I once saw an illustration at youth group that stayed with me. The pastor wanted to show the importance of getting your priorities right. He had a bottle that he first filled with sand. Then he tried to fit about 6 balls inside but because of the sand they could not all fit in. He then tried fitting the balls first and then filling the bottle with sand. Now everything fit perfectly, showing that if we put our priorities first everything else in life should fall in place.
After a grueling quarter (hence my blogging hiatus), I now face two decisive quarters ahead with a job that keeps on demanding more of me. This will not be easy. Last quarter I reached my limits, verging on the brink of exhaustion and depression. This is why I am being very intentional about this coming time. This should be slightly easier quarter but still very challenging. I just want to ensure I add my priorities first in my time container so the sand of “other stuff” can fill the remaining space.
So, I decided to calibrate my rule of life this quarter to add additional things. Probably the name “rule of life” can be a misnomer as it implies rigidity and strict adherence. A better definition would be “an intentional plan to simplify our spiritual practices and expectations for a period of time.” Traditionally, the rule of life was primarily aimed at religious practices such as prayer or reading Scripture. I have expanded to include things like physical exercise, a commitment to seek counseling, dates with my wife and taking a family day.
Honestly, writing about this rule of life is making me look a lot better than the way I normally am on a day-to-day basis. In reality, it is a plan of the things I aim for doing while also adding a lot of grace for when I fail. When I look at my rule of life for last quarter I was able to follow most of it except for the last two weeks when finals and work just consumed me to the bone. Yet, I must say, even having a rule of life felt liberating rather than an additional burden. The reason for that is that it helped me focus on a few things rather than allowing me to wonder about ALL the things I was NOT doing in the quarter. So in a way, it became an exercise in expectations management rather than an accountability tool. And by the way, writing a blog is not included in it. That is just a bonus in this season.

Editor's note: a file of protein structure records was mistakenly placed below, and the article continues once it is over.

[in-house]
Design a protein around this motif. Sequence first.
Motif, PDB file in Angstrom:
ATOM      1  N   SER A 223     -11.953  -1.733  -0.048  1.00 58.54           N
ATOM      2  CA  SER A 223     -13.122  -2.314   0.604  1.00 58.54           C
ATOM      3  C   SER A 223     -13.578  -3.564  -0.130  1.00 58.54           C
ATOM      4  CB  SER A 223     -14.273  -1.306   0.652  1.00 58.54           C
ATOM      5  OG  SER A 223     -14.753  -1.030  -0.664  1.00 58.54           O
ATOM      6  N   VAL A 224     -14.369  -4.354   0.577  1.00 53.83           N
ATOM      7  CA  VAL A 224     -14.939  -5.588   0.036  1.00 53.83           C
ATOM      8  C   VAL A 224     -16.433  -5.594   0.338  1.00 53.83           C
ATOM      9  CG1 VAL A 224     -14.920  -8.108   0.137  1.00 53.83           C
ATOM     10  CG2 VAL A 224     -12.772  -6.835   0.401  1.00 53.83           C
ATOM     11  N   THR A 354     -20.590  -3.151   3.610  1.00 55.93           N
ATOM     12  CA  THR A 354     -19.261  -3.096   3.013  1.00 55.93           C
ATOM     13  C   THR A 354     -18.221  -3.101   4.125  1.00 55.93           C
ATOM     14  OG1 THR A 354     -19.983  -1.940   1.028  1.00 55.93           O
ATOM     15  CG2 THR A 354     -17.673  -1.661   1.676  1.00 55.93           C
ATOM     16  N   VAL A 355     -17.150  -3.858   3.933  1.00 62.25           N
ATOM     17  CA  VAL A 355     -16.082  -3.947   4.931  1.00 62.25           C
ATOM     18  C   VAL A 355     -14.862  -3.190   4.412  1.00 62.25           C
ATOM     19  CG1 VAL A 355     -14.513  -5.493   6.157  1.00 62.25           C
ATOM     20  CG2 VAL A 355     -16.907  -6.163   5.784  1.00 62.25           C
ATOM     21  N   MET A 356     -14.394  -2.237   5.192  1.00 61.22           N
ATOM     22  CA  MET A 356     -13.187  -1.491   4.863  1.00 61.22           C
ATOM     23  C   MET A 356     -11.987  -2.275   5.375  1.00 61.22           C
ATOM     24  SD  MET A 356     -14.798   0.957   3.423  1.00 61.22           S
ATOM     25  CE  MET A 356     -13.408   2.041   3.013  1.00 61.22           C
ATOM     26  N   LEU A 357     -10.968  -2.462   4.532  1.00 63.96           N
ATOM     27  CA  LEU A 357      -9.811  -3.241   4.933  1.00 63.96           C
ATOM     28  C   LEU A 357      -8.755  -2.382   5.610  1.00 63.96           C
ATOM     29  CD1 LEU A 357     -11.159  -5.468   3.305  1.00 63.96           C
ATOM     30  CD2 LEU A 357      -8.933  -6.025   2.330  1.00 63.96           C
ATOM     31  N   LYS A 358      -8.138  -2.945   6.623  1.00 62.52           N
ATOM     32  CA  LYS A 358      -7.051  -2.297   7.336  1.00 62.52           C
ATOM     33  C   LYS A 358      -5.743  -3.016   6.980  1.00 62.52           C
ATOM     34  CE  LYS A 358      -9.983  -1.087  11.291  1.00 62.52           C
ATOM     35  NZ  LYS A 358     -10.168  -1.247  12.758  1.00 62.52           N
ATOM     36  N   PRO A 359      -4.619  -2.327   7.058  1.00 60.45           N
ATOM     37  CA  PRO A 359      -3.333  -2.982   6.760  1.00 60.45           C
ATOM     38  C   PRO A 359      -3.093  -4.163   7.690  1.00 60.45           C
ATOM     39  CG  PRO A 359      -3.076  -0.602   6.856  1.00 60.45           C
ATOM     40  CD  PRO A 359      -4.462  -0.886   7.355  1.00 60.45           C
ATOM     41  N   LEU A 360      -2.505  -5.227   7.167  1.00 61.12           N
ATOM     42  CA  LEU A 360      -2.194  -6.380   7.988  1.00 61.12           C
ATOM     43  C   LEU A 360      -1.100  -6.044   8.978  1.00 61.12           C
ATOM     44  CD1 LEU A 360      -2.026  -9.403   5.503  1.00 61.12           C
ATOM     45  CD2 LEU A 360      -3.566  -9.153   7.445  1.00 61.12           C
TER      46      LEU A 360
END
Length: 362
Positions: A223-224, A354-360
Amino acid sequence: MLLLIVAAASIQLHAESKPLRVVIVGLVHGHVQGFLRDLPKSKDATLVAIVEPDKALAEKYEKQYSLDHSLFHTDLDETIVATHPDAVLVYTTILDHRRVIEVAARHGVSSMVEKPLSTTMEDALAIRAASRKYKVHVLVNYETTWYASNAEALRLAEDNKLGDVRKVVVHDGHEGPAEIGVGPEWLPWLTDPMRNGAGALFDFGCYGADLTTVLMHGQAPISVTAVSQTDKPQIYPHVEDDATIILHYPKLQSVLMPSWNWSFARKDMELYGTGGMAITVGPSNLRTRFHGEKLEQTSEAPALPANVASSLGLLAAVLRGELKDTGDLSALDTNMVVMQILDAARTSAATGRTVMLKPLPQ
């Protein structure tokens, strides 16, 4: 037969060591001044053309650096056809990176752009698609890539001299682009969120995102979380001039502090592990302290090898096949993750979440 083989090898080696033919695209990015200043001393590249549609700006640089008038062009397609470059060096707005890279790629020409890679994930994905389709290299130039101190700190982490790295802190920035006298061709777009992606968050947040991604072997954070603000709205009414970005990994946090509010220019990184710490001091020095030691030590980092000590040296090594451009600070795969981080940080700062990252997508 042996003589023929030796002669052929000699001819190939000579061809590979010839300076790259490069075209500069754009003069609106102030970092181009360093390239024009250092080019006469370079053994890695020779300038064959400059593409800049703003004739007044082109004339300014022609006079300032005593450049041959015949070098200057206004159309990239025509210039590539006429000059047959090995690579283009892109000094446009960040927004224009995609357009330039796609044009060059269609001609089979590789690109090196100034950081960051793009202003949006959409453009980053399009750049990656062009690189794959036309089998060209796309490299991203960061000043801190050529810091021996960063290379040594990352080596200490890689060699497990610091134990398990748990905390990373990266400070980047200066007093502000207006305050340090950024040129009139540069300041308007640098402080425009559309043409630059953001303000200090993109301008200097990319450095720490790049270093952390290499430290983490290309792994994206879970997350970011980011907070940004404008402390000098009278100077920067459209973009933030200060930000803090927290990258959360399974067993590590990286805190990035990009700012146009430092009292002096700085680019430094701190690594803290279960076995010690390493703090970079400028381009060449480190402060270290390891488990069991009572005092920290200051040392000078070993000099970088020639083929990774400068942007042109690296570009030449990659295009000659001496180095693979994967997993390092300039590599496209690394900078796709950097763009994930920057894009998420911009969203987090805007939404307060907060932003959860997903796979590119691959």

January is here, and we fall into this illusion of making resolutions for the new year. It is good to set goals but I would contend that the problem is the time period. I learned that planning works best in the short 3-6 month window. Anything longer than that is bound to become stale or forgotten. Now that I am studying I have the advantage of having set schedule of classes that help me also align my life to these time periods. Yet, a quarter turns out to be a great time-chunk to do goals. It forces you to go back to it soon enough and make changes as needed. No wonder, large corporations set their financial goals in quarterly periods. It helps manage investor expectations when the situation changes.
So, before I get off my soap box, I encourage replacing resolutions with simple rules of life. Focus not on what you want to ACHIEVE but on what you are going to DO. Share it with people close to you and allow yourself much grace for when you fail. They do not define who you are but are a statement of intention for a simplified life.